COVID-somnia is now a thing for many people losing sleep due to the pandemic

How are you sleeping lately? If you find yourself up much of the night, you’re not alone.

New research has found that many of us are suffering from insomnia due to the COVID-19 pandemic. So many people are experiencing a loss of sleep right now that neurologists who specialize in sleep disorders have coined the term “COVID-somnia.”

Working from home is one of the reasons for this increase in people having difficulty sleeping. A survey of 1,020 people now working remotely found that the changes to their daily routine were impacting their ability to sleep.

The survey, conducted for Sleep Standards, a website that provides research-based sleep advice and reviews of sleep-related products, found that over 20 per cent of Gen Xers (people who are 39 to 54 years of age) and nearly 10 per cent of Baby Boomers (those aged from 55 to 73) aren’t sleeping as well as they had been before the coronavirus pandemic.

Experts say this this is happening for several reasons. For one thing, many people are either off work or working remotely during the pandemic, and this takes them out of their usual daily schedule. Changes to your regular routine can disrupt sleep.

Strange dreams and disturbing nightmares are another type of sleep disruption that can be triggered by major events such as this pandemic, which has had a significant impact on the psychological and mental well-being of people of all ages.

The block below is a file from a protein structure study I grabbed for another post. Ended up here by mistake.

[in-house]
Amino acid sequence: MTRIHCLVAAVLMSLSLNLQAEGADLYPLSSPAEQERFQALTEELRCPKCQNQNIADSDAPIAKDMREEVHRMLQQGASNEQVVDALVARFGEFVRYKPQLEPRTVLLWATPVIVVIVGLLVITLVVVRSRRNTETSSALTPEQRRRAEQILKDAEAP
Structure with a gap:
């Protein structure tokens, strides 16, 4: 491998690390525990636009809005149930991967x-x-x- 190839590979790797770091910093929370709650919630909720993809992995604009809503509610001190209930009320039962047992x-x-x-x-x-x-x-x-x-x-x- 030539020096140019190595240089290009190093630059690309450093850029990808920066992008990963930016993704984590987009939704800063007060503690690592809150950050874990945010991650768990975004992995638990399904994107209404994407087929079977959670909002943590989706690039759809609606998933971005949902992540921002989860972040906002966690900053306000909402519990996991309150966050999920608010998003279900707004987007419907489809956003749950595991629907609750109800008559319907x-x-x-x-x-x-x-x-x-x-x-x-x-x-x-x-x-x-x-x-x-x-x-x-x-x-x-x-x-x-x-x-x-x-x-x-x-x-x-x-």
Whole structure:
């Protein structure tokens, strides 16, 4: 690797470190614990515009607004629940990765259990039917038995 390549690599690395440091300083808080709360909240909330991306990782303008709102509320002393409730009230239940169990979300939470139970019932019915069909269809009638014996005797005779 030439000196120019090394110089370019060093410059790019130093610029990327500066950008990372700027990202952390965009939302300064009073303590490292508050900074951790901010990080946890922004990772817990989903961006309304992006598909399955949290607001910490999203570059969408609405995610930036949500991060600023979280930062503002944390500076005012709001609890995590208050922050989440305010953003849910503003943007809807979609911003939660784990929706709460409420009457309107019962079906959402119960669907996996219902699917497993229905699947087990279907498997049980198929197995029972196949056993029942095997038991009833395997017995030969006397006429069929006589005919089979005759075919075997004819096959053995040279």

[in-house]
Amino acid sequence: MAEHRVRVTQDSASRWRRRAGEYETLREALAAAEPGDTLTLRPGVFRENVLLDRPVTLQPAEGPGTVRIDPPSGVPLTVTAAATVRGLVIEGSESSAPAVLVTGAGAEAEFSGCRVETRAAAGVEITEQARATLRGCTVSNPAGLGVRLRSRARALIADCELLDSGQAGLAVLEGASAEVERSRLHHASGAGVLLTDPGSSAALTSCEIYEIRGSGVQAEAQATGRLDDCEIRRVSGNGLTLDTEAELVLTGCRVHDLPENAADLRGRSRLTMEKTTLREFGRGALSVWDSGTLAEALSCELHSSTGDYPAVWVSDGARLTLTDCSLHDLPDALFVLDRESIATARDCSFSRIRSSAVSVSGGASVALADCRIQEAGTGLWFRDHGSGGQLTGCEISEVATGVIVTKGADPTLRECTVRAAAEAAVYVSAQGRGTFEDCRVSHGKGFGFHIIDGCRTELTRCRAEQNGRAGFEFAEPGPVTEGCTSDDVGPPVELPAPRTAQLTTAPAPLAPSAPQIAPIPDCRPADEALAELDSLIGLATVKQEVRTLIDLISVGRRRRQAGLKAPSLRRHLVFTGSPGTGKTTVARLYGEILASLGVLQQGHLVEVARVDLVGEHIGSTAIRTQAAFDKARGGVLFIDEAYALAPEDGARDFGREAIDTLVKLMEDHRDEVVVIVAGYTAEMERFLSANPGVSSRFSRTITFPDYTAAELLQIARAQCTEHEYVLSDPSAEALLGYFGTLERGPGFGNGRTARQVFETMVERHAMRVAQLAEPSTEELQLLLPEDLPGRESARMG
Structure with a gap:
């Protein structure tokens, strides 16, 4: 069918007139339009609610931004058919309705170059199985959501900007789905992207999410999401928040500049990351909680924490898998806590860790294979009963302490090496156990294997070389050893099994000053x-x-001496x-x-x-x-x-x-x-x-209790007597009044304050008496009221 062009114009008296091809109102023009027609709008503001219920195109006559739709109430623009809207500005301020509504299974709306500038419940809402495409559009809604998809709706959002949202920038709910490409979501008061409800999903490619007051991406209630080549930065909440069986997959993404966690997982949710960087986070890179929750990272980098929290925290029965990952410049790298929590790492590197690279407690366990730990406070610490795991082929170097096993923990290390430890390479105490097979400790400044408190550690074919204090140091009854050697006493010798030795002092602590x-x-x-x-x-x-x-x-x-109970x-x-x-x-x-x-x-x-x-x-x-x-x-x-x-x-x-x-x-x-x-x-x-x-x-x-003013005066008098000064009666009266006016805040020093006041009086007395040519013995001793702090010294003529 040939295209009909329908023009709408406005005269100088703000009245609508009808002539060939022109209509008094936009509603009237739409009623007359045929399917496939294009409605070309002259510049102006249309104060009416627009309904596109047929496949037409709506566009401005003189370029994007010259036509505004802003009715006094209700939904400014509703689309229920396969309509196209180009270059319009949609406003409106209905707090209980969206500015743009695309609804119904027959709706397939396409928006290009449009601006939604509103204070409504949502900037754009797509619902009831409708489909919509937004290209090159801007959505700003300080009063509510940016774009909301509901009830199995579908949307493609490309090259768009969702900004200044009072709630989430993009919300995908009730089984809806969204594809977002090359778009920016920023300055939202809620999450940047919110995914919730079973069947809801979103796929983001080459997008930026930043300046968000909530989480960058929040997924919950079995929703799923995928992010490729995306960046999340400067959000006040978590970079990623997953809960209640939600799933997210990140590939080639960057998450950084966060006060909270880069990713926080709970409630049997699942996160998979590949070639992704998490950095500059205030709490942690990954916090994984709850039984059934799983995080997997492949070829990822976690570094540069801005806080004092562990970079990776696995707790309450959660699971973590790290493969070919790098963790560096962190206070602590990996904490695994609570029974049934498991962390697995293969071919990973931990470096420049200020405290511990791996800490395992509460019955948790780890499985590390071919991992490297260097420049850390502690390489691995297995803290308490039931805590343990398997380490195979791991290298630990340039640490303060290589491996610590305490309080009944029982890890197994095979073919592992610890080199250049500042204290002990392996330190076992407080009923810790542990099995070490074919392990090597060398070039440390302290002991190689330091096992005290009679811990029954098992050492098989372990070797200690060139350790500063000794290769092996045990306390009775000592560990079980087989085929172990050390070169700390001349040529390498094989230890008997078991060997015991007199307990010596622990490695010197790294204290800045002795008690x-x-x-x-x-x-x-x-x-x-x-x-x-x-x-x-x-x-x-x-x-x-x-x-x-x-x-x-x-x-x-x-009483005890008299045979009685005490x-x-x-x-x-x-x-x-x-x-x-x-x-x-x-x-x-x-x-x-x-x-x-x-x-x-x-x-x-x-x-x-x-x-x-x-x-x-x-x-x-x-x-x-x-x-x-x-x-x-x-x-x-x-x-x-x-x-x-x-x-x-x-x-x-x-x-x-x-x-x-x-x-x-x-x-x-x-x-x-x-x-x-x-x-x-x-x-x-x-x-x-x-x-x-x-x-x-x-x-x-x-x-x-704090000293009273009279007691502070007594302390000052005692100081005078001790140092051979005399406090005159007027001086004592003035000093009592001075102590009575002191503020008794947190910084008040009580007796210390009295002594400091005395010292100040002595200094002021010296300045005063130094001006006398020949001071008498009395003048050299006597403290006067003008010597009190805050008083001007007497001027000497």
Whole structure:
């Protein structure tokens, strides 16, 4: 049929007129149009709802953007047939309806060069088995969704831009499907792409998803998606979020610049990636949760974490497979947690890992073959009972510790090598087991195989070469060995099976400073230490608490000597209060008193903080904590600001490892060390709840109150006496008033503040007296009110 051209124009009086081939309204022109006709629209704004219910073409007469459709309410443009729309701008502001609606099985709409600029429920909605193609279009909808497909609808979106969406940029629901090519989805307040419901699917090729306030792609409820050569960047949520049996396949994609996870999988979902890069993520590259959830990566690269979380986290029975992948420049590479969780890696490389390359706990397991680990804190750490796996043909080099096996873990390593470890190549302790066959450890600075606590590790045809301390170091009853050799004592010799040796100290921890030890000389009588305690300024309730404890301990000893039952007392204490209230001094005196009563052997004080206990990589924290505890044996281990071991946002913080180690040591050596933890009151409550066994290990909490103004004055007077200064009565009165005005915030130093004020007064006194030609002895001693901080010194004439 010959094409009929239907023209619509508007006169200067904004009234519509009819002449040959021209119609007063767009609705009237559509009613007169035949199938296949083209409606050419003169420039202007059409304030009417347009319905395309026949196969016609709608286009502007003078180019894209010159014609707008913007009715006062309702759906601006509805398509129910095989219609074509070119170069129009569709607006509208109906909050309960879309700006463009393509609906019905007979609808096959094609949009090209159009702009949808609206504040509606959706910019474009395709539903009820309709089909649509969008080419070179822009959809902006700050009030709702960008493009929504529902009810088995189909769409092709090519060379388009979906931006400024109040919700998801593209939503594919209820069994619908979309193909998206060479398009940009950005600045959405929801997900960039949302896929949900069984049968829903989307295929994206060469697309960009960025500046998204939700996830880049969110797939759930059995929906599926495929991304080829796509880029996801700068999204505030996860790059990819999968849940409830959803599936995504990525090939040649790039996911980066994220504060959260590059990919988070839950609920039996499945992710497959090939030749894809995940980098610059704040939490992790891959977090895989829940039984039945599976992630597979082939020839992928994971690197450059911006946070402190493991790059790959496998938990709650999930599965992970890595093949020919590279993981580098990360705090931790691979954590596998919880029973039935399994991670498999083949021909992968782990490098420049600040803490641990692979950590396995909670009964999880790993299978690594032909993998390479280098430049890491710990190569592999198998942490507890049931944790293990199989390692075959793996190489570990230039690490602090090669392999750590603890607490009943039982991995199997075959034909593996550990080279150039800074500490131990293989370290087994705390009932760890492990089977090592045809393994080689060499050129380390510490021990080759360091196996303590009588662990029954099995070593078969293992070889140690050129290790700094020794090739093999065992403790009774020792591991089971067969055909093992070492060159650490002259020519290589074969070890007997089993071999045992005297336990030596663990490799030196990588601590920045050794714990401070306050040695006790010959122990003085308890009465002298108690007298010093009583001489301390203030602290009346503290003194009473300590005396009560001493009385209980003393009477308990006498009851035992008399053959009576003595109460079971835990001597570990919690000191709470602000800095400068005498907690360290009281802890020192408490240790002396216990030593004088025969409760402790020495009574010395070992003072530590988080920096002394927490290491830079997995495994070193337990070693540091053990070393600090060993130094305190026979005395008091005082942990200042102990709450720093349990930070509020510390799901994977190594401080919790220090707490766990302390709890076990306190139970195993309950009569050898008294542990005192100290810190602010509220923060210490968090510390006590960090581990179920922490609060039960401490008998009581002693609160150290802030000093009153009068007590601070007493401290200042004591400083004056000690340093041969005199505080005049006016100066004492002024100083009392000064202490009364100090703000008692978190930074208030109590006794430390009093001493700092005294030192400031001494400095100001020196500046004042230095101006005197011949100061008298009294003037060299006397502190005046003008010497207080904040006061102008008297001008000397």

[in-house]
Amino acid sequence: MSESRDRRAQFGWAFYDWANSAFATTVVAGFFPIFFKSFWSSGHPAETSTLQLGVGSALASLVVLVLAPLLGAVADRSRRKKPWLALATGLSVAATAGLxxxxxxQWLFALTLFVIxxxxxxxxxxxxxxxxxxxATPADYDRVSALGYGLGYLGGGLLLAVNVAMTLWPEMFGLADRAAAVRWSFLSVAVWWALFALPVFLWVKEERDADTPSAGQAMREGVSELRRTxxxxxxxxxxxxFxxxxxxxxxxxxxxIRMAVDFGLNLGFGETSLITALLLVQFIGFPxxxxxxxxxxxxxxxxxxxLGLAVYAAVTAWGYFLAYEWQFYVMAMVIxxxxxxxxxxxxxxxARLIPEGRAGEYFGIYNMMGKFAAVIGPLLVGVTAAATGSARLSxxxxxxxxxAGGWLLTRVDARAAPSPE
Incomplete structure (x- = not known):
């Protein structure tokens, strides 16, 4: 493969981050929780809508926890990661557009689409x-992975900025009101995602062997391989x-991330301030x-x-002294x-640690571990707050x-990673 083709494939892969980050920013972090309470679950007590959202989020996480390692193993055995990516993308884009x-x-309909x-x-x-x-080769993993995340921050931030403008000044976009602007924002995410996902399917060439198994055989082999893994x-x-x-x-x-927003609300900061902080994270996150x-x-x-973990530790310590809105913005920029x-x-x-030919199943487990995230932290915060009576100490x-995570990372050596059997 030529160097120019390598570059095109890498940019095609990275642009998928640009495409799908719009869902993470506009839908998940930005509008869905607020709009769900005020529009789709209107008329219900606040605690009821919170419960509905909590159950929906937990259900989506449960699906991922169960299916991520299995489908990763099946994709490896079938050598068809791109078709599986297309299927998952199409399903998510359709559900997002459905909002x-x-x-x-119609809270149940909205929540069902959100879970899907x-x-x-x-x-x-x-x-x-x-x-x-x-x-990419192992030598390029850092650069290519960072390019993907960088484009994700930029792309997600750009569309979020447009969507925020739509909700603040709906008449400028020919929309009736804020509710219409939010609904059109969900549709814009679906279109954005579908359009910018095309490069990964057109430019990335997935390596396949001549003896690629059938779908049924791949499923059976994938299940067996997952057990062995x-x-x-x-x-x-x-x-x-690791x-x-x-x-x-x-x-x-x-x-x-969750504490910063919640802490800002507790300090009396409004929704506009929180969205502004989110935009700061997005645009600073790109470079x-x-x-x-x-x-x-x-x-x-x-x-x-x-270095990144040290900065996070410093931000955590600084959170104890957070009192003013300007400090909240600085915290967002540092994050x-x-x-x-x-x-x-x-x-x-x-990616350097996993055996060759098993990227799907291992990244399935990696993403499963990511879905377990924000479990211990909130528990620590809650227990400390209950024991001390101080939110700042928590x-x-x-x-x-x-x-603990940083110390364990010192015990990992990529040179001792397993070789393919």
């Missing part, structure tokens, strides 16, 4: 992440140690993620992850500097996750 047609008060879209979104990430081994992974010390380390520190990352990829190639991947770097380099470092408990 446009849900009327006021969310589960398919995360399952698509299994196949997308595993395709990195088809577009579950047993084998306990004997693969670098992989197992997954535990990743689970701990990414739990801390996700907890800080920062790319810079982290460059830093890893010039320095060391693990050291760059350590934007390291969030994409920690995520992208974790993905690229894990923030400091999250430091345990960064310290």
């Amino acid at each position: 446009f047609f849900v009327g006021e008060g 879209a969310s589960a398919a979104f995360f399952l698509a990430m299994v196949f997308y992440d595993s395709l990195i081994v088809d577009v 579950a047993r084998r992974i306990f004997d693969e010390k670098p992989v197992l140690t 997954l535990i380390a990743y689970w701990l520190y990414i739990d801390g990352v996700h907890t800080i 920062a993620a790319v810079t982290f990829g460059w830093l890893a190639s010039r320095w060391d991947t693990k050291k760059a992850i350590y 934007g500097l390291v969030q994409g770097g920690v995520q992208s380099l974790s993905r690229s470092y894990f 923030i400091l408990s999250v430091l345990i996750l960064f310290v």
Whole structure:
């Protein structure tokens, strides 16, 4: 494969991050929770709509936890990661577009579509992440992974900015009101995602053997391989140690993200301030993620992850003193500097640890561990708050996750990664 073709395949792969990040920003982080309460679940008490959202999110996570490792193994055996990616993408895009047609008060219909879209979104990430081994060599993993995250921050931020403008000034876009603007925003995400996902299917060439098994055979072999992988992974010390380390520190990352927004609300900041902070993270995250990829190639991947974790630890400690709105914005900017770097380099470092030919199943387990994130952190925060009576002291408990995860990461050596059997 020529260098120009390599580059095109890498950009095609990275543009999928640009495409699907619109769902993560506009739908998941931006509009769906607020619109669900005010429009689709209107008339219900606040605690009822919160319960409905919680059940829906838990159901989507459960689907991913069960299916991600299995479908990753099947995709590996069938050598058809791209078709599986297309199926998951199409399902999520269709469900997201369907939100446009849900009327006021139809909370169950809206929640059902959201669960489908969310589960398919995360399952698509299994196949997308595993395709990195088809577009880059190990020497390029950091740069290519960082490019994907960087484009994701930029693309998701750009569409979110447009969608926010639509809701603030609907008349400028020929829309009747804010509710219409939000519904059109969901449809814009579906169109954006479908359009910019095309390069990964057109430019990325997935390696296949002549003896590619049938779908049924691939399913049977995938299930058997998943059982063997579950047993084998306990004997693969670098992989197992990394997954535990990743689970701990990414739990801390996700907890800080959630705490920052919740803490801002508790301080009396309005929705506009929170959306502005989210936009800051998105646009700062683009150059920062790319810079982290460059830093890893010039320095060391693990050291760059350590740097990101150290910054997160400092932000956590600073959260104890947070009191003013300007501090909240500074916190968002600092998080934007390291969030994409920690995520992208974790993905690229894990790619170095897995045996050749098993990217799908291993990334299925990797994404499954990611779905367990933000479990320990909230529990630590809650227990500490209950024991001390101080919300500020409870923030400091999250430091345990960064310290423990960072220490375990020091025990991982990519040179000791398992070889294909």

Fear of contracting or spreading the virus, lack of work or economic worries, and social isolation are keeping us up at night.

“Our patients are suffering from shifts in their sleep patterns due to their fears about getting the virus, concerns about loved ones, not being able to go to work, not having social contact with others,” Rachel Marie E. Salas, MD, FAAN, associate professor of neurology at the Johns Hopkins Center for Sleep told NeurologyToday. “Some of them now meet the diagnostic criteria for chronic insomnia. They get into bed, the brain kicks in, they start worrying if they’re going to lose their job, if their family member is going to survive, and they literally cannot fall asleep.”

How to combat COVID-somnia

To help combat this widespread sleeplessness, and get some much-needed shuteye, experts suggest several strategies.

    – Avoid daytime naps. These have become more common among people working from home.

    – Cut down on afternoon and evening caffeine.

    – Limit your consumption of alcohol. While booze can help you fall asleep, it actually impairs the quality of your nighttime sleeping.

    – Keep to a regular schedule of waking and sleeping – preferable one that matches your natural routines.

    – Reduce your light intake (especially from electronic devices) for an hour or two before bed.

    – Don’t try to force yourself to fall asleep. If you find that you are tossing and turning, get up and do something relaxing until your eyes get heavy.

    – If you are working from home, go for a morning walk. Dr. Daniel A. Barone, MD, explains, “If people aren’t leaving their homes because of fear of COVID-19, or if they’re not going to work as they once did, then they aren’t getting that daily exposure to sunlight in the morning. That can disrupt their internal clock.”

On the flip side, apparently some people are actually sleeping better since the pandemic. There is a subset of the population who are enjoying more restful sleep because they don’t have to get up as early for work or go through the stress of their daily commute.

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